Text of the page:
Originally used by the construction industry, galvanized wire mesh crates, known as “gabions,” have been adopted by designers for modern garden landscapes. This exciting show garden is easy to recreate on a smaller scale—buy the gabions at a garden center, or commission a specialist to make them for you.
When to plant: Autumn.
At their best: Summer.
Time to complete: 3-4 days.
You will need: Gabions, flagstones or stones of your choice, wooden box or foam cube, spirit level, thick nylon pantyhose, topsoil or soil-based mix, well-rotted organic matter, all-purpose granular fertilizer.
Selection of plants to use: Gunnera manicata, Astilboides tabularis, Hosta undulata var. albomarginata, Mind-your-own-business – Soleirolia soleirolii, Silver birch, Betula utilis var. jacquemontii.
Stack the crates
This garden is made from gabions stacked together to create the structure and surface. Simply fill them with flagstones and set them on the soil, checking that they are level with a spirit level—dig out or add soil beneath them as necessary. Leave spaces for planting. Fill more gabions and place them on the foundation level to create stepping stones and seats, and leave a few empty to produce an exciting layered effect.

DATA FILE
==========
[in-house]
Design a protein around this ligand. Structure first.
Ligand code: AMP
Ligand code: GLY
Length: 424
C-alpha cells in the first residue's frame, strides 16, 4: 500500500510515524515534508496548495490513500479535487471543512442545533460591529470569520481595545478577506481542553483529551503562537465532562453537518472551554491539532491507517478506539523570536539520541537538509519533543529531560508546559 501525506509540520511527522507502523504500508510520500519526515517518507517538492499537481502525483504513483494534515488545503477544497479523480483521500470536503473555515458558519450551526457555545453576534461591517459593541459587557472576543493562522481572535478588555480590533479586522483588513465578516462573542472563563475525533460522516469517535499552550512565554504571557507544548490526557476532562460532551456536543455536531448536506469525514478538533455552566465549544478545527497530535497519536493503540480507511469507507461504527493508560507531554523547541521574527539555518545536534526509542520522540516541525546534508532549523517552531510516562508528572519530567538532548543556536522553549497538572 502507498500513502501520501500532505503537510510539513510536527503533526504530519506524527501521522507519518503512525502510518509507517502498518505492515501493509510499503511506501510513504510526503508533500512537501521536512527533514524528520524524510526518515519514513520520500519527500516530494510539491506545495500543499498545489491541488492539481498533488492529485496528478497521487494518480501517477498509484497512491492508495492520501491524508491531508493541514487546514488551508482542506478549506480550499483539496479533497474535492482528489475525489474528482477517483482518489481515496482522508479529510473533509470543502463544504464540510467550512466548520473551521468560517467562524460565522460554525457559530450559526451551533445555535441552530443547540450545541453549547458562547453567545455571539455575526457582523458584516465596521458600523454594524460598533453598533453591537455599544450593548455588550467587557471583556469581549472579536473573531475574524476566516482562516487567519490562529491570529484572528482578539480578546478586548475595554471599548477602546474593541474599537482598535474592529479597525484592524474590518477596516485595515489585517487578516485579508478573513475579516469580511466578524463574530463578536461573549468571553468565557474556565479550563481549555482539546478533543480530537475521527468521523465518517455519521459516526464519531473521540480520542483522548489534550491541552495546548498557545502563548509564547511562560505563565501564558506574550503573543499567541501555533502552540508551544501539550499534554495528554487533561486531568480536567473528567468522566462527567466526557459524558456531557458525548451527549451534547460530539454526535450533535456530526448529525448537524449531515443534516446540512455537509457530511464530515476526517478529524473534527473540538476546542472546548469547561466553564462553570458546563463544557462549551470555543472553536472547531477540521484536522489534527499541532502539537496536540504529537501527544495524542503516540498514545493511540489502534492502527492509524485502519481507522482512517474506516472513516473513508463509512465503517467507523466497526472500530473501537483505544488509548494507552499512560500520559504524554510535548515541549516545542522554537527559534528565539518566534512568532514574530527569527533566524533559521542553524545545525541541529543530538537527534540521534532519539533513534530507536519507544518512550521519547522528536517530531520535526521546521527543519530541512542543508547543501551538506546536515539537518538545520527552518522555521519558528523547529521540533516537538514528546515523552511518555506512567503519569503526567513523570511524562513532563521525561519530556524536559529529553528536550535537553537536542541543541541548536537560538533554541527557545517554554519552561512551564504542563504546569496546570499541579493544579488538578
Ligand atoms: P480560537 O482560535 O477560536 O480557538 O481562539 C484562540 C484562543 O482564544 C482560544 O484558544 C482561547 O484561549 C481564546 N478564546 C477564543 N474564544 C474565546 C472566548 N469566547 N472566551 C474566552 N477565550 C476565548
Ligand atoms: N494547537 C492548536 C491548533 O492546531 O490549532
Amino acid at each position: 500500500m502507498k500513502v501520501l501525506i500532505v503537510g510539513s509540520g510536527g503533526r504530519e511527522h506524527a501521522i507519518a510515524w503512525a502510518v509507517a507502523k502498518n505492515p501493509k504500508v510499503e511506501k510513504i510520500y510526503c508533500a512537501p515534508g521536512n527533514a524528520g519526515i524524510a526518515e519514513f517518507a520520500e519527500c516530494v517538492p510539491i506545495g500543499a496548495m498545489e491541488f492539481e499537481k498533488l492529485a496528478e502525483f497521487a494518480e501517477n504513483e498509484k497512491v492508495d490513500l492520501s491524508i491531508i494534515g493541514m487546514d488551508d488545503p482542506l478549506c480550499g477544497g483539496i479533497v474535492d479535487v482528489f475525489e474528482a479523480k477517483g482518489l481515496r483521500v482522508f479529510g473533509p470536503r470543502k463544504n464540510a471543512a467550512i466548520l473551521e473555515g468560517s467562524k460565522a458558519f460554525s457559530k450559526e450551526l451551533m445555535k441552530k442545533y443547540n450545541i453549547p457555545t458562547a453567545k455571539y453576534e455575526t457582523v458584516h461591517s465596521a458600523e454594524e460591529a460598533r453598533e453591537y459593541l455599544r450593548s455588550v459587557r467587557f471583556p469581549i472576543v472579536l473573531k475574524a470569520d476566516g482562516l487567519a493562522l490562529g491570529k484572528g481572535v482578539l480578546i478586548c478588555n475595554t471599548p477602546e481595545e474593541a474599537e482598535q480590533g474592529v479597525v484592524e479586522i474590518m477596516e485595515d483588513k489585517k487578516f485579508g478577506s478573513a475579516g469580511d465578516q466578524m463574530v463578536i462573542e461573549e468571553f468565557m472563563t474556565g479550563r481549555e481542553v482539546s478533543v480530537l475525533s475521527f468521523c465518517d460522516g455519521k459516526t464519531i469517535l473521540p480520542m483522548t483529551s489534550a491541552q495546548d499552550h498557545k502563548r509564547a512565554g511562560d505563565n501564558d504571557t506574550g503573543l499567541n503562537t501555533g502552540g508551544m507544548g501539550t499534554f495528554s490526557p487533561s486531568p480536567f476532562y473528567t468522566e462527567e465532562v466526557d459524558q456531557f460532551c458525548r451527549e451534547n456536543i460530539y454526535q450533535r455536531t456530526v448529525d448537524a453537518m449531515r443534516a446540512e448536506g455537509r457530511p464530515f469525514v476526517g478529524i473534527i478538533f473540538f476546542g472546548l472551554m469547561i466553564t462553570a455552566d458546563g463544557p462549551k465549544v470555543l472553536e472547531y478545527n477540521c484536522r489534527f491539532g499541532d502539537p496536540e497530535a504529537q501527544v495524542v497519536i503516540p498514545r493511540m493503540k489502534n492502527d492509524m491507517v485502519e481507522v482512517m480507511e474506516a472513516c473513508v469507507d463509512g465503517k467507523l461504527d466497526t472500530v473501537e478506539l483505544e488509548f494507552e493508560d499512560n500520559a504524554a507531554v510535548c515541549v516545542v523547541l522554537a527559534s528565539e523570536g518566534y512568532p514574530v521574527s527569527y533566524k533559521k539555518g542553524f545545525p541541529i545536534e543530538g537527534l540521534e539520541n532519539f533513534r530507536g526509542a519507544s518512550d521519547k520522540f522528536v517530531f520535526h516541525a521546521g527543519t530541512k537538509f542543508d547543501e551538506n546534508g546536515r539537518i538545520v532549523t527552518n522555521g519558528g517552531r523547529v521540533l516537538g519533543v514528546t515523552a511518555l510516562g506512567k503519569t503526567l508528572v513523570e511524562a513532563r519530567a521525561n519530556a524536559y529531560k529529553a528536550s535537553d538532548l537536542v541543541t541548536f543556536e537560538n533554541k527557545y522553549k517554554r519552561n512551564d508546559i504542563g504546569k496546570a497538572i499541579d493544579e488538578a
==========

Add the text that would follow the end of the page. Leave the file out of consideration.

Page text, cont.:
Make leafy gabions
To make the planted crates, place a wooden box or block of foam in the center of a gabion. Then fill up the legs of some thick nylon pantyhose with moist soil, tie the ends, and pack them around the sides and top of the gabion. Cut holes in the pantyhose, and plant small mind-your-own-business plants into the holes. Keep well-watered. The plants will soon spread to fill out the crates.
Plant the beds
In the gaps between the gabions, fill the planting beds with a soil-based mix. Work in some well-rotted organic matter, such as manure or homemade garden compost, to increase water retention for these moisture-loving plants. Plant the birch trees in late autumn and the other plants in early spring. Keep well-watered for the first year, and during dry spells thereafter.
” You can fill your gabions with almost anything, from used bottles to wood offcuts. If you are building a new garden, look around the site for fillers, such as bricks, pebbles, and rocks.”